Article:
(blueberry plants can live 40-50 years!) 

This year was the first year we got some berries.
We ate everything while out in the field,
except these two slightly heart-shaped berries
which I brought inside to show my sweetie. 

Altogether, maybe we got a quart out of our older plants.
Not much, but still exciting!


In my blueberry daydreams,
I imagine going down to our patch 
to pick fresh bloobs for breakfast...

I would either just pop them straight into my mouth
or take a bowl of yogurt or cottage cheese with a spoon down to the field,
add some blueberries to the top,
sit in one of our rickety old Adirondack chairs,
and enjoy it all.

The taste...
The view...
And the satisfaction of this little gentlewoman's farm.

In my imagination, sometimes I carry a fresh picked quart
back up to the house to share,
and just add a handful to the side of my breakfast plate
alongside fresh eggs from our girls...

Talk about satisfaction.


Besides just eating them fresh,
there are muffins and pancakes
and all sorts of other delectables...

The desserts!
From pies and cobblers and strudels and streusels
 to fools and slumps and grunts.
(Yes, those last three are all real dessert names.)
Here's a great recipe from Saveur for blueberry slump.
You make it right in a cast iron skillet!


Planting blueberries isn't that hard, but it does involve a little more site preparation.
Blueberries produce best in well-draining acid soil,
which we did not have.  

We initially followed soil-less planting instructions at Backyard Berry Plants.
It worked great, no complaints.

But then we discovered that a great local soil producer makes a "blueberry mix" soil blend.
Check them out:  Green Tree Garden Supply
So far, so good with their blueberry mix, too.
One of the benefits of their blueberry mix is that it does not use peat moss.
Here's a link to What's Wrong With Peat?


We got some of our plants locally, from Twisted Tree Farm.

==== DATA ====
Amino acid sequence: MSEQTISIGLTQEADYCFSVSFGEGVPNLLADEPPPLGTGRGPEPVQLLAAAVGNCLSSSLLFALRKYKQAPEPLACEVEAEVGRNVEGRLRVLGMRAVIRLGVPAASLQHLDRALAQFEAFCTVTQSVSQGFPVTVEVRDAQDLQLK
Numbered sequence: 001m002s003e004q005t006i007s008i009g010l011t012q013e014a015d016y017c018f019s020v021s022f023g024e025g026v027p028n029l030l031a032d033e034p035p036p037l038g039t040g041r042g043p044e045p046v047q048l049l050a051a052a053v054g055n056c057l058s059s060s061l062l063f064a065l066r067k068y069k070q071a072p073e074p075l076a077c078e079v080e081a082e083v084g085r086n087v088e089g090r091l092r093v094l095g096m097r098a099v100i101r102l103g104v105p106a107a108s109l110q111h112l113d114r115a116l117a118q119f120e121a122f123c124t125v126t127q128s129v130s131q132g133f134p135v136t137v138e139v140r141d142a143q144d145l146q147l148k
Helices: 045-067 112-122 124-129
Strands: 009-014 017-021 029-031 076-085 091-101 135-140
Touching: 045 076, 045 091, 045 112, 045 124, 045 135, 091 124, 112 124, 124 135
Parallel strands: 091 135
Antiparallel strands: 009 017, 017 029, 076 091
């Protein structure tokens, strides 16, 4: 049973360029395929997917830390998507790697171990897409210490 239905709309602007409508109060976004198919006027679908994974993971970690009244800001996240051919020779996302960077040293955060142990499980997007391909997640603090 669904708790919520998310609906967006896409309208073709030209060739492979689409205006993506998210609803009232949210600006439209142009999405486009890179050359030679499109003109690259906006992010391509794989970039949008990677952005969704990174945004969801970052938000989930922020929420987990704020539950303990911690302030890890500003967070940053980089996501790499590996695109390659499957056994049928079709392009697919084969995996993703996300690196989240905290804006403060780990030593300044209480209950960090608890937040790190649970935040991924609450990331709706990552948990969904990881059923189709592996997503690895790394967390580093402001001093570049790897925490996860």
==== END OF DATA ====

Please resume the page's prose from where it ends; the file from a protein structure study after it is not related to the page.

Twisted Tree is a really special permaculture nursery out in Spencer, NY.

I also got some plants from Baker's Acres in Lansing, NY.  

The original four plants we got of 3-year old bushes were from True Vine Ranch.
They're an organic blueberry nursery in Kansas.

And I got a bunch from Stark Brothers
Not organic, but we'll grow them using only organic methods,
and I feel fine about that. 


We're growing these varieties:
Blue Crop
Blue Gold 
Blue Ray
North Blue
North Country

Most of these are high-chill / high-bush types that are supposed to thrive in the Northeast,
but a few of them are low-chill types that are generally better in warmer places,
but are *supposed* to be hardy to zone 5/6.  
If they do well, they would ripen on the early side, 
which would extend our harvest season even more.
We'll see how they do!

If you want to plan the longest harvest window possible for your growing zone,
here's a helpful visual ripening chart of many of the most popular varieties from Fall Creek nursery.

We probably won't get up into a full swing production for a few more years yet,
but we should do well with so many different varieties and cross-pollination
thanks to our honeybee friends who live right next to our blueberry patch.

At their peak, most of these varieties produce anywhere from 10-20 pounds per bush,
and some in the 5-10 pound range...  

Plenty to share with the songbirds.
And the chickens.
And our family and friends.
And strangers on the street.

Random acts of blueberries.

Blueberries are so good for you.
They're a plant of oh-so-many-virtues,
which maybe I'll go into another time.